A Year of Maximum US Pressure on Iran

What Happened Since Trump's Iran Deal Exit

The Iran deal was reached between Iran and the United States, the UK, Russia, France, China, Germany and the EU in July 2015 to ensure Iran's nuclear program will be "exclusively peaceful” by limiting its uranium enrichment program until 2030.  US President fulfilled his campaign promise and withdrew the US from the agreement May 8, 2018, a move that irritated European allies. He called the agreement “disastrous” and “one sided”, claiming it did not address Iran’s ballistic missile program or its roles in Middle Eastern conflicts. When he set out his policy, he pointed to Iran’s support for groups around the region such as Hezbollah, Hamas, the Taliban, and Al-Qaeda. He also claimed that the nuclear deal – formally known as the Joint Comprehensive Plan of Action (JCPOA) – did little or nothing to forestall Iran’s alleged nuclear ambitions and claimed the deal had allowed Iran to enrich uranium and “cause havoc within the Middle East and beyond.” He said that if the deal was to stand, there would soon be a “nuclear arms race in the Middle East.”

After pulling out of the deal, there has been a steady stream of measures designed to put “maximum pressure” on the Tehran regime. In August 2018, Trump re-imposed economic sanctions against Iran. The first set of sanctions targeted financial transactions that involve US dollars, Iran’s automotive sector, the purchase of commercial planes and metals including gold. Immediately after issuing the order, Trump tweeted that these were "the most biting sanctions ever imposed" and would "ratchet up to yet another level" in November when Iran's oil sector and central bank would be targeted. On 5 November, the US completed its full snapback oil and financial sanctions on Iran, but initially allowed its eight biggest buyers limited imports for another half-year. This marked the heaviest economic pressure ever applied by Washington on the Islamic Republic.

Despite the US withdrawal, the multilateral agreement remains in force as the Europeans, along with China and Russia, have remained committed to the deal. The Trump administration has demanded repeatedly that the Europeans abandon the JCPOA but despite the difficulties facing the deal, mounting US pressure, and recent strains on relations with Iran, European governments and the EU have continued to engage with Tehran. Last summer the European Union passed a revisited blocking regulation promising to prevent European companies from suffering from U.S. extraterritorial sanctions. They approved modest funds to support investment in Iran's ailing economy. In January, the E3 — France, Germany and the U.K. —established a "special purpose vehicle" to facilitate transactions for non-sanctioned trade with Iran, called the "Instrument in Support of Trade Exchanges" but it has yet to become operational. Despite these measures Europeans have been unable to safeguard their oil imports from Iran and prevent it from being disconnected from international financial markets.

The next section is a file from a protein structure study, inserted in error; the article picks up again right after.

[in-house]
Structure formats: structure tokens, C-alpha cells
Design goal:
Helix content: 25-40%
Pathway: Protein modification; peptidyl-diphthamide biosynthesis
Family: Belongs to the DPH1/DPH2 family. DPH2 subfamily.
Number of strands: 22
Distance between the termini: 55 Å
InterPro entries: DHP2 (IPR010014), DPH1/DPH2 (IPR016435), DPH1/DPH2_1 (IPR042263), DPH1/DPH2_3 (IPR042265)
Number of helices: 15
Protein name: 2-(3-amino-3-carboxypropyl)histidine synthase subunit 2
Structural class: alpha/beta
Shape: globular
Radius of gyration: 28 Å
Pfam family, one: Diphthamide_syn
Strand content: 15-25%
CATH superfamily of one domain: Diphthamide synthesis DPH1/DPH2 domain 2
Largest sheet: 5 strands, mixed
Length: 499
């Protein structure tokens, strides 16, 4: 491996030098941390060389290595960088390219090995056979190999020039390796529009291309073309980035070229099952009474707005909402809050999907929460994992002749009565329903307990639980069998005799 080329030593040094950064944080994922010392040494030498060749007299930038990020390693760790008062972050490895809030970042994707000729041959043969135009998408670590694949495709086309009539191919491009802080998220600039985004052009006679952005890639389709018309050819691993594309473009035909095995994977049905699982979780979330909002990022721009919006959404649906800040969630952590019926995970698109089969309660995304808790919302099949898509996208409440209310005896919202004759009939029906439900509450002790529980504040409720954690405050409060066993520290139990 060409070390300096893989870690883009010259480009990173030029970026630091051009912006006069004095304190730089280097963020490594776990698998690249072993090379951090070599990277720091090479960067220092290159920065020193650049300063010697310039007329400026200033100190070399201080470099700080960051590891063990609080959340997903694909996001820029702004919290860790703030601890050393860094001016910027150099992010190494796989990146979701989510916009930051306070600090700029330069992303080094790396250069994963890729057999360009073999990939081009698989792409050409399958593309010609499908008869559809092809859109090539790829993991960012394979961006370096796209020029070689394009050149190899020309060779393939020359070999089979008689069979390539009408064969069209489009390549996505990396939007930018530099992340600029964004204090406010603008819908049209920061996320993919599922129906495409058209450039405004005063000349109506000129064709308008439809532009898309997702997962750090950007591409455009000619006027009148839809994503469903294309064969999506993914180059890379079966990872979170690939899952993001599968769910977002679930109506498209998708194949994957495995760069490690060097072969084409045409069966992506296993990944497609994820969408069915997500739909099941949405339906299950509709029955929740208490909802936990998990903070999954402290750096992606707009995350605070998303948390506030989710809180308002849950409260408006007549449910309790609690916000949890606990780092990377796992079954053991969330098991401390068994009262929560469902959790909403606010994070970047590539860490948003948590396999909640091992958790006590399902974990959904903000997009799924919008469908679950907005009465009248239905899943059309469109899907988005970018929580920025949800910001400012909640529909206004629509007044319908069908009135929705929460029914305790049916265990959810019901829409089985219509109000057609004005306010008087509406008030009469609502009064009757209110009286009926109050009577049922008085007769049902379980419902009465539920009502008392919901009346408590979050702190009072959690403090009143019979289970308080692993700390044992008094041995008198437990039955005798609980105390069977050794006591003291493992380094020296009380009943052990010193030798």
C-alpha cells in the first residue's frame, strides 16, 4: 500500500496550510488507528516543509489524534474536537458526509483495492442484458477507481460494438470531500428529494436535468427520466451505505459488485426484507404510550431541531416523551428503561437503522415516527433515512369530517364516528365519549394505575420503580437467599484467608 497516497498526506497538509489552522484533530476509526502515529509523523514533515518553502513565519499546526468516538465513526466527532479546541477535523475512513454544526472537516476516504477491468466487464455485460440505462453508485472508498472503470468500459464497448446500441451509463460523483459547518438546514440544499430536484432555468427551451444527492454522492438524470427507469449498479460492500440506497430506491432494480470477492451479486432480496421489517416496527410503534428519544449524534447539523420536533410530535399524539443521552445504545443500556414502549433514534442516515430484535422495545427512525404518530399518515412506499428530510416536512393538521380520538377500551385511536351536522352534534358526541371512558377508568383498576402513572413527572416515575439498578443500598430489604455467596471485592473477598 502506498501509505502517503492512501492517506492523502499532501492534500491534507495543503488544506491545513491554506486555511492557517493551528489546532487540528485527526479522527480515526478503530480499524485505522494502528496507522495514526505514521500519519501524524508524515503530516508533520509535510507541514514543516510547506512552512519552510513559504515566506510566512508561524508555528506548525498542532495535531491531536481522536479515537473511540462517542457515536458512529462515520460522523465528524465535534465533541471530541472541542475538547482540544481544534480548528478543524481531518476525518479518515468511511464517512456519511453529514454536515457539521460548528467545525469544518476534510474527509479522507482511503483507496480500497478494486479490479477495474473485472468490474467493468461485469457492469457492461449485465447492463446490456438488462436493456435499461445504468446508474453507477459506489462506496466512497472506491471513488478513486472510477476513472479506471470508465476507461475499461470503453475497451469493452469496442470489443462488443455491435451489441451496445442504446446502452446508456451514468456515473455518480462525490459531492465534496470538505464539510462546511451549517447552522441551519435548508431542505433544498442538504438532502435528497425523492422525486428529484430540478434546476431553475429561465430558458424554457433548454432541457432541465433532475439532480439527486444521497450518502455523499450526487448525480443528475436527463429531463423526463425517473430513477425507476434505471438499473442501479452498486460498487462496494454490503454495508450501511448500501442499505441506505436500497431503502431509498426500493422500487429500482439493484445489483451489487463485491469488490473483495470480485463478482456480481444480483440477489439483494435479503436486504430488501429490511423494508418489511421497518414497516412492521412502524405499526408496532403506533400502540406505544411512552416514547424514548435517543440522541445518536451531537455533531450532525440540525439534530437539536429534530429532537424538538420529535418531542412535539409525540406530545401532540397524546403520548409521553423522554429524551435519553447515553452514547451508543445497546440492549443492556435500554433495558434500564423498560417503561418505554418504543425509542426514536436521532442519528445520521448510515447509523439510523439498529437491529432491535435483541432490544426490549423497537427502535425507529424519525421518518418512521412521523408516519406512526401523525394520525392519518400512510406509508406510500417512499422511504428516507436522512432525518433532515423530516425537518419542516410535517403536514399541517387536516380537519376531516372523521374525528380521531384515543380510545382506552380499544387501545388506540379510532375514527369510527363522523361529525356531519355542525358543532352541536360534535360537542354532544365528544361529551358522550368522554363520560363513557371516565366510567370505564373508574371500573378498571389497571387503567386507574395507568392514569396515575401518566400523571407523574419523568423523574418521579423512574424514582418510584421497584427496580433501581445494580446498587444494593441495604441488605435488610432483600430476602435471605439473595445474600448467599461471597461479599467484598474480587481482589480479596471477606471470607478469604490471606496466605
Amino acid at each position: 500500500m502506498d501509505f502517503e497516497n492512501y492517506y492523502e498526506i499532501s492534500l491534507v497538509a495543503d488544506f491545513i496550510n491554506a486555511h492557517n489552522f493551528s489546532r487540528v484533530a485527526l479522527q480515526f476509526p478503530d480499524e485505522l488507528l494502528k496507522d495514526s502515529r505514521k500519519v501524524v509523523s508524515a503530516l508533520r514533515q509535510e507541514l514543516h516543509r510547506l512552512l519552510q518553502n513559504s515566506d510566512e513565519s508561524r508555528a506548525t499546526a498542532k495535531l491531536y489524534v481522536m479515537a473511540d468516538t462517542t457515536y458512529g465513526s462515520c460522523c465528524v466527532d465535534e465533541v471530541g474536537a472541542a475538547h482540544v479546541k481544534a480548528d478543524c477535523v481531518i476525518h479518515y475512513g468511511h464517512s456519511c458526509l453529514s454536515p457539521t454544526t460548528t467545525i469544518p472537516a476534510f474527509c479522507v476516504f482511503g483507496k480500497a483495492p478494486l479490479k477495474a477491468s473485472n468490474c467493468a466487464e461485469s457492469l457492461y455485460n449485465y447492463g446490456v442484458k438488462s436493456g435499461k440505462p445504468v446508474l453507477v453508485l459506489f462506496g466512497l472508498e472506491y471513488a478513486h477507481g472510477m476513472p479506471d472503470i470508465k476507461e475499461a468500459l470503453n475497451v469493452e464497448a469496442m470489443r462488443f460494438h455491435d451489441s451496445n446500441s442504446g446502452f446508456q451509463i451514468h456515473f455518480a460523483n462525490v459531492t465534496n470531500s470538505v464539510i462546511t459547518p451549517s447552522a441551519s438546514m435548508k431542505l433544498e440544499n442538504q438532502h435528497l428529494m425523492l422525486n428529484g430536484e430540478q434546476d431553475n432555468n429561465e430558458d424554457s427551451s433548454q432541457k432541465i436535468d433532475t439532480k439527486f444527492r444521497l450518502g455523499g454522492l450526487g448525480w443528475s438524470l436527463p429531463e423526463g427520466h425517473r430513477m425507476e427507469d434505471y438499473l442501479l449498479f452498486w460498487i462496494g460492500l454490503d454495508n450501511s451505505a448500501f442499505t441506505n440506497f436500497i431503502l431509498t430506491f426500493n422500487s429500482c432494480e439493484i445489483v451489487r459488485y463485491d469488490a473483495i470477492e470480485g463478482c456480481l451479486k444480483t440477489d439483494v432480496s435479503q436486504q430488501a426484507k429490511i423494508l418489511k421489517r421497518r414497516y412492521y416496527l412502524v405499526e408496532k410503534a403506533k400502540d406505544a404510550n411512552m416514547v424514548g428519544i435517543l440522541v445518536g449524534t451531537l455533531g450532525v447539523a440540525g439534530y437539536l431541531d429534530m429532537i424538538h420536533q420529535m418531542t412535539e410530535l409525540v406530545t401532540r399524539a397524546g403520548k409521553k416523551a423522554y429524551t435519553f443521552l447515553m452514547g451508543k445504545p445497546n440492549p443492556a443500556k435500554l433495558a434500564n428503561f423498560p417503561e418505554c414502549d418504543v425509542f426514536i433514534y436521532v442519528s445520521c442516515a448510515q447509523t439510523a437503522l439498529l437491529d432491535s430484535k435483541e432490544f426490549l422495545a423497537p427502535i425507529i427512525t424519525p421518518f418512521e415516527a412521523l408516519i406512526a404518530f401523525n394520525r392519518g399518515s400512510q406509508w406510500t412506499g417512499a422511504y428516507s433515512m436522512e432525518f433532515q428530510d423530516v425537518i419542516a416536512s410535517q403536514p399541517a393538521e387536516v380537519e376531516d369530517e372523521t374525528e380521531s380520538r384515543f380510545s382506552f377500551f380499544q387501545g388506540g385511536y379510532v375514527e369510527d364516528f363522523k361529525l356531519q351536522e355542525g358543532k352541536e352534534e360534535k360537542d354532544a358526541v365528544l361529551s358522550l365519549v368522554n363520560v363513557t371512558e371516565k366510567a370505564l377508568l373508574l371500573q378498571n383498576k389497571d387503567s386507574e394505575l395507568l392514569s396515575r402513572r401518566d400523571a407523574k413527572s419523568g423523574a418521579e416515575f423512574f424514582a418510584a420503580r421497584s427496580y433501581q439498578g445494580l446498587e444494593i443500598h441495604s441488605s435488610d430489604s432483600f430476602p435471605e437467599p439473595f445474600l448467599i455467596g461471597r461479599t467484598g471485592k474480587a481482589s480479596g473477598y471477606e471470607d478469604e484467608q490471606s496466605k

On April 22, the Trump administration announced the surprise news that buyers of Iranian oil must stop purchases by May 1 or face sanctions, ending the six months of waivers which had allowed Iran’s eight biggest buyers of crude to continue to import limited volumes oil. The move sent prices up to nearly six-month highs and Iran responded by revisiting its familiar threat to close the Strait of Hormuz, prompting fears about the potential ramifications for oil prices and broader financial markets.

Despite the exemptions, sanctions are having a dramatic effect on Tehran. Iran's GDP contracted by 3.9% in 2018, according to estimates from the International Monetary Fund (IMF).  The IMF said in late April that it expected the Iranian economy to shrink by 6% in 2019. However, that projection preceded the expiration of the sanctions waivers. The Rial has lost almost 60% of its value against the US dollar on the unofficial market according to foreign exchange websites.  The IMF estimates that inflation has soared to 31% in 2018 and predicts that it could reach 37% or more this year if oil exports continue to fall. The drop in Iran’s oil exports, its main foreign revenue source, has cost Tehran an estimated $10 billion, according to US officials.  As a result, the regime is under intense pressure from the Iranian people for reforms that answer their unmet economic and social needs.

The US added another layer to its “maximum pressure” campaign against Iran on April 8 when it designated Iran’s elite Islamic Revolutionary Guard Corps a terrorist organization, marking the first time the US has formally labeled another nation’s military a terrorist group. The step drew Iranian condemnation and raised concerns about retaliatory attacks on U.S. forces. Critics of Trump’s decision said it was largely symbolic because U.S. law already carried penalties of up to 20years in prison for U.S. persons who deal with the IRGC, the country’s most powerful security services, because of its designation under another U.S. sanctions program, the U.S. Specially Designated Global Terrorist list. The IRGC, however, is the body driving many destabilizing regional activities that the Trump administration has declared must cease, through its support for regional proxies such as Hezbollah. Tehran took retaliatory action by naming the US Central Command (CENTCOM) as a "terrorist organisation" and the US government as a "state sponsor of terrorism".


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